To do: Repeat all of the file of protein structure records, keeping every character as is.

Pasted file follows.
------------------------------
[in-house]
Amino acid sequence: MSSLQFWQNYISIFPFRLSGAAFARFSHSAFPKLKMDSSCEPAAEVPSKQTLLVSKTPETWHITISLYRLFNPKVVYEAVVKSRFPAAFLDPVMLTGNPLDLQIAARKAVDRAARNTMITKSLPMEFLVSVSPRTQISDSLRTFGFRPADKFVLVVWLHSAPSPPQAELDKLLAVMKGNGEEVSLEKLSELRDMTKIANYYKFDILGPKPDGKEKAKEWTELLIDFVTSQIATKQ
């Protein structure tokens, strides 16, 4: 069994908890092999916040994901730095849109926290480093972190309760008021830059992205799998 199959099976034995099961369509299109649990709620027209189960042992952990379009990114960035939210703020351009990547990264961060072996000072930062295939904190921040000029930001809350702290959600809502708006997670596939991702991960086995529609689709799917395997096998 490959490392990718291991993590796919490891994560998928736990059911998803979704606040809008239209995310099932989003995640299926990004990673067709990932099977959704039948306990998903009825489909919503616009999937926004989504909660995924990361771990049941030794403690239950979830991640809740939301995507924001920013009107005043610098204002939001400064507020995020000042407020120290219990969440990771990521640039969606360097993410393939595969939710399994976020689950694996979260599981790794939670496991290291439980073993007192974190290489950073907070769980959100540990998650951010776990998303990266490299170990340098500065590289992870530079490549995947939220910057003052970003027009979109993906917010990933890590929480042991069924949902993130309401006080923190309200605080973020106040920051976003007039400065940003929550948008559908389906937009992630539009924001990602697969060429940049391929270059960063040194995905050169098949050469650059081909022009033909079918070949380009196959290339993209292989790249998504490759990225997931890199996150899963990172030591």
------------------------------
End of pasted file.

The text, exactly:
[in-house]
Amino acid sequence: MSSLQFWQNYISIFPFRLSGAAFARFSHSAFPKLKMDSSCEPAAEVPSKQTLLVSKTPETWHITISLYRLFNPKVVYEAVVKSRFPAAFLDPVMLTGNPLDLQIAARKAVDRAARNTMITKSLPMEFLVSVSPRTQISDSLRTFGFRPADKFVLVVWLHSAPSPPQAELDKLLAVMKGNGEEVSLEKLSELRDMTKIANYYKFDILGPKPDGKEKAKEWTELLIDFVTSQIATKQ
């Protein structure tokens, strides 16, 4: 069994908890092999916040994901730095849109926290480093972190309760008021830059992205799998 199959099976034995099961369509299109649990709620027209189960042992952990379009990114960035939210703020351009990547990264961060072996000072930062295939904190921040000029930001809350702290959600809502708006997670596939991702991960086995529609689709799917395997096998 490959490392990718291991993590796919490891994560998928736990059911998803979704606040809008239209995310099932989003995640299926990004990673067709990932099977959704039948306990998903009825489909919503616009999937926004989504909660995924990361771990049941030794403690239950979830991640809740939301995507924001920013009107005043610098204002939001400064507020995020000042407020120290219990969440990771990521640039969606360097993410393939595969939710399994976020689950694996979260599981790794939670496991290291439980073993007192974190290489950073907070769980959100540990998650951010776990998303990266490299170990340098500065590289992870530079490549995947939220910057003052970003027009979109993906917010990933890590929480042991069924949902993130309401006080923190309200605080973020106040920051976003007039400065940003929550948008559908389906937009992630539009924001990602697969060429940049391929270059960063040194995905050169098949050469650059081909022009033909079918070949380009196959290339993209292989790249998504490759990225997931890199996150899963990172030591």